The Society of American Military Engineers is now 100. Founded in 1920, in the interests of patriotism and national security, the organization has never wavered from a vow to support the needs of the United States and strengthen the profession of engineering. As was stated in the inaugural issue of The Military Engineer a century ago: “this Society will serve no selfish purpose.”

The genesis of SAME was born from the lessons of World War I, and the realization of those who went “over there” that the engineering community was unprepared for what was confronted. That prescient leadership would prove invaluable, as “The War to End All Wars” was anything but.

Never again would America face an enemy for whom it was not ready. SAME would exist to enable three core tenets: promote solidarity and co-operation between engineers in civil and military life; disseminate technical knowledge bearing upon progress in the art of war and the application of engineering science thereto; and preserve and maintain the best standards and traditions of the profession.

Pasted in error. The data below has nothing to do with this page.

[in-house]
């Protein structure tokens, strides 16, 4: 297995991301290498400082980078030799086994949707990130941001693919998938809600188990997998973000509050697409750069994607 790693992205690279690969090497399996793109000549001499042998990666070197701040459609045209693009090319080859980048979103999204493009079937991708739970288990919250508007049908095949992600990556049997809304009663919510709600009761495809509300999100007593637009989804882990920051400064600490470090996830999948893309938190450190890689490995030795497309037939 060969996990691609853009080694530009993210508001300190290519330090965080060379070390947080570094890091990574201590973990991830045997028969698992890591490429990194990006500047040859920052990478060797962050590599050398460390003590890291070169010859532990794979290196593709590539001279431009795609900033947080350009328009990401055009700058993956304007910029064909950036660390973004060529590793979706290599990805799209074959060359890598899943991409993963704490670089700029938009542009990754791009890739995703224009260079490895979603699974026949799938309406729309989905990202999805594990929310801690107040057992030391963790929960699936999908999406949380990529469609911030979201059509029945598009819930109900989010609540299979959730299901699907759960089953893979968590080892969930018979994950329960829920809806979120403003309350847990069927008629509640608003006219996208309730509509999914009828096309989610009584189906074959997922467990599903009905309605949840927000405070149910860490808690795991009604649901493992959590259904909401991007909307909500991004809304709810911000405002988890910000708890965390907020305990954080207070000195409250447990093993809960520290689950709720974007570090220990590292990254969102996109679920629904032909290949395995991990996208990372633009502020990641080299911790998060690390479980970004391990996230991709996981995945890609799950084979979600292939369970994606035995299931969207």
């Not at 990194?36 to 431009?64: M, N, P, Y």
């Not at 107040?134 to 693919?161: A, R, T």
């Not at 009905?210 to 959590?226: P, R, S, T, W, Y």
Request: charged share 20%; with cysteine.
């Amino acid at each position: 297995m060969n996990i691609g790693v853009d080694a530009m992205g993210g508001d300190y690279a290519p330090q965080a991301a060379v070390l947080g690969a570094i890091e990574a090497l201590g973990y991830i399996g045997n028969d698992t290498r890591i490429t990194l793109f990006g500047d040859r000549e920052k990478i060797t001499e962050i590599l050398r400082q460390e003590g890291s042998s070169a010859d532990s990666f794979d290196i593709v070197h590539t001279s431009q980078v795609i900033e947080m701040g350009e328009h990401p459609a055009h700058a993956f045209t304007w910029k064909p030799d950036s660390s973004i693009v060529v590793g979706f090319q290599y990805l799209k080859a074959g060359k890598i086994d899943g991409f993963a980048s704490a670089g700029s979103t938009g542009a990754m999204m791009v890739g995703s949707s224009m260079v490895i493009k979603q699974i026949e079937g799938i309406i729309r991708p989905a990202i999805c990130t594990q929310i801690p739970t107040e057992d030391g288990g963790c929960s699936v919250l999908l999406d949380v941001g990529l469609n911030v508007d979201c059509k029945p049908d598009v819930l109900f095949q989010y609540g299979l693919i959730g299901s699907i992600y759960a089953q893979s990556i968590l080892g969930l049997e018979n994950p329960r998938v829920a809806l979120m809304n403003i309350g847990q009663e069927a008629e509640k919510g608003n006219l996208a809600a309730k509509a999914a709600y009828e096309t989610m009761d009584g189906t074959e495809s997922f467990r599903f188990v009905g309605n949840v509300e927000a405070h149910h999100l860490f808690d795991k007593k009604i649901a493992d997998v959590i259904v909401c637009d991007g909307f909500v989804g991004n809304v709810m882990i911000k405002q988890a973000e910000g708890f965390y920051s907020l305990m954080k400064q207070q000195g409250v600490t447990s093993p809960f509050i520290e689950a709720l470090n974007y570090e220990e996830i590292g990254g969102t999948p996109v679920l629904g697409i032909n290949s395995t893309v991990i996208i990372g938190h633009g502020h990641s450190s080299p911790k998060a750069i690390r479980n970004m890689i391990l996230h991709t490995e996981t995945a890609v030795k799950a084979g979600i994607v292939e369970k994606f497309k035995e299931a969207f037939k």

It was the commitment to developing relationships between industry and government (and the technical collaboration it would bear) that made the Society unique at a time of great proliferation for many other discipline-specific professional societies.

Today, as we begin our second century, our mission of building leaders and leading collaboration among government and industry to develop multi-disciplined solutions to national security infrastructure challenges indeed echoes the motivations of SAME’s founders, who, very clearly valuing diversity of thought and the benefits of welcoming many perspectives, proclaimed 100 years ago that “eligibility qualifications for membership in this Society are drawn on the broadest possible lines, consistent with the achievement of its aims.”

SAME is vital and enduring. And after 100 years, our role has never been more clear. Let’s help secure America’s future, together.

“Less than one year from the time when our Society first took form in the minds of a few men, finds it a strong and flourishing organization of some 3,500 members, supporting and publishing its own journal, solvent financially, with local sections established in most of the leading cities, and growing at a rapid and steady rate. Truly this is a most satisfactory result for so short a period. I offer my heartiest congratulations to all our members, and I look confidently forward to greater progress during the coming year.”

– Maj. Gen. William Black, USA (Ret.), SAME National President , December 1920